Click here to Skip to main content
15,845,436 members
Please Sign up or sign in to vote.
0.00/5 (No votes)
See more:
Hello forum,

is it possible to create a tree data structure in pure C?
This is not about a binary tree but every node shall have 0-n children.

The tree shall never be changed at runtime. Since this is for an embedded (Microchip Pic32) project, RAM is an issue. So I'd like to store the whole thing in code memory. Usually that's given for everything "const".

This is what I tried:
/* Header */
typedef struct TreeNode TreeNode;

/* Source */
struct TreeNode{
    int id;
    char* text;
    TreeNode* children[]; // List of child nodes

void DoSth(void)
    static const TreeNode tree = {
        0, "hidden", (TreeNode[3]){
            (TreeNode){1, "child", NULL},           // (1)
            (TreeNode){2, "secondChild", NULL},     // (1)
            (TreeNode){3, "thirdChild", NULL}       // (1)
    };                                              // (2)

    // Code that's actually using the data
I know for sure that within the struct definition, children has to be referred to by pointers since TreeNode itself is not fully defined at that time.

But Compiler complains (numbering by me)
(1) non-static initialization of a flexible array member
(2) initializer element is not constant

(1) How should that not be static? Everything is given for the initialization.

(2) Same question as (1). Why is that not constant? And this is especially important given the embedded low RAM environment.
Updated 5-May-15 23:46pm

You are trying to mix static and dynamic data, so the compiler does not know how much space to reserve. You probably need a different structure for child nodes that do not themselves have children. You cannot declare an array as NULL as you have tried to do in your child nodes.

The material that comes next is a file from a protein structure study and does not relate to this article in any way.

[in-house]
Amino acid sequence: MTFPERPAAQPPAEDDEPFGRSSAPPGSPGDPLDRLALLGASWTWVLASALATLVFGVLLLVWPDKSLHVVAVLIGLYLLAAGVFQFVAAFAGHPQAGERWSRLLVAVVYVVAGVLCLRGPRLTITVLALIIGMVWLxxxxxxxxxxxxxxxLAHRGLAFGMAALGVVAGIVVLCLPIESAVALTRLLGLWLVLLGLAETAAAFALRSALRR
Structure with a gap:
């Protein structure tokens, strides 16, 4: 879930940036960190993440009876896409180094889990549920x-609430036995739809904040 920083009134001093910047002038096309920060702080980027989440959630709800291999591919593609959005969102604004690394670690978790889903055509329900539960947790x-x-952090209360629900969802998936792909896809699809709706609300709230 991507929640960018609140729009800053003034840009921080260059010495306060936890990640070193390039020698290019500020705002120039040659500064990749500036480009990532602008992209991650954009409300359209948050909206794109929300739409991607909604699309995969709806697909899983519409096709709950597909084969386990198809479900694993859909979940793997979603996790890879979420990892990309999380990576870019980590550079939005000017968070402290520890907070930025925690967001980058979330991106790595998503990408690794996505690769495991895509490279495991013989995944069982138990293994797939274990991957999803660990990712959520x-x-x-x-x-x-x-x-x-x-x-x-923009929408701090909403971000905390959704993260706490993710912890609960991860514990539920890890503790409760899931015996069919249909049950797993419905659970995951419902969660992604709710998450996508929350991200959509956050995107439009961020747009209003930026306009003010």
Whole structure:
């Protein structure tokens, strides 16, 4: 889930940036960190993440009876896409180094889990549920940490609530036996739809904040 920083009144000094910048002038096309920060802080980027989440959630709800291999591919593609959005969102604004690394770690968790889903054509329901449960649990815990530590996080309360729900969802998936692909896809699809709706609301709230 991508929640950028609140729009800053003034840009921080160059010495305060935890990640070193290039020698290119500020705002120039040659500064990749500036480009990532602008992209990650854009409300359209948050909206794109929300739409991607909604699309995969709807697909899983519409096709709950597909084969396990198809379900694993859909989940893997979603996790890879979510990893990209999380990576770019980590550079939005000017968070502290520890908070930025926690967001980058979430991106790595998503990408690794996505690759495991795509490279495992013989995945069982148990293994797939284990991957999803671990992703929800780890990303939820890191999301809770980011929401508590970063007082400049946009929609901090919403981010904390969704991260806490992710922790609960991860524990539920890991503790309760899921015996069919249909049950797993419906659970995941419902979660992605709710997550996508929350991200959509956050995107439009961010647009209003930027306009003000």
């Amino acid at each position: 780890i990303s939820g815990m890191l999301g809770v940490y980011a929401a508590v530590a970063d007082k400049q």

Share this answer
lukeer 7-May-15 2:06am    
Ok, so let's for now forget the static data part.
A pointer to an array of child nodes should be possible. How to initialize that?

And then back to the reason for the static part. How to keep the completely initialized data off RAM and store it in flash? Is it even possible to store pointer stuff in flash?
Richard MacCutchan 7-May-15 4:03am    
Yes it is all possible, but in order to create the information at compile time you must use fixed sizes for every item. And you cannot declare an array of pointers as NULL, you muse declare a value for each item. You possibly need to create the tree in reverse, starting with the lowest child elements, and then each successive parent has a single pointer to the chain of children. Alternatively (probably not feasible in your case), make everything dynamic and create it at run time.

Don't know about flash memory or how to initialise it.
As Richard said it is not possible to make what you want with incomplete types and variable lenght arrays, but ...
If you don't dislike the dark side of the C, there is a workaround:
typedef struct _TreeNode{
    int id;
    char* text;
    struct _TreeNode* children[1]; // List of child nodes
} TreeNode;

static TreeNode tree1 = {1, "child",       {0}};
static TreeNode tree2 = {2, "secondChild", {0}};
static TreeNode tree3 = {3, "thirdChild",  {0}};
static TreeNode tree4 = {4, "fourthchild", {0}};

void *FakeTree[] = {
                     (void *)0,
                     (void *)"hidden",
                     (void *)&tree1,
                     (void *)&tree2,
                     (void *)&tree3,
                     (void *)&tree4

void DoSth(void)
	TreeNode *tree = (TreeNode *)&FakeTree;

	// Code that's actually using the data
	// Please remember that you must access the structure always as a
	// pointer to it. I.e.
	for (int i=0; i<4; i++)
		printf("id=%x, name=\"%s\"\n", pTree->children[i]->id, pTree->children[i]->text);

The only limit is that it is mandatory that the integers and the pointers of the machine where you'll use the code have the same size.
Last advice: this could be dangerous for your code, don't make it at home! Jocking, this is how you don't have to make programs, but if it is necessary...
I hope this solves your problem ;)
Share this answer

This content, along with any associated source code and files, is licensed under The Code Project Open License (CPOL)

CodeProject, 20 Bay Street, 11th Floor Toronto, Ontario, Canada M5J 2N8 +1 (416) 849-8900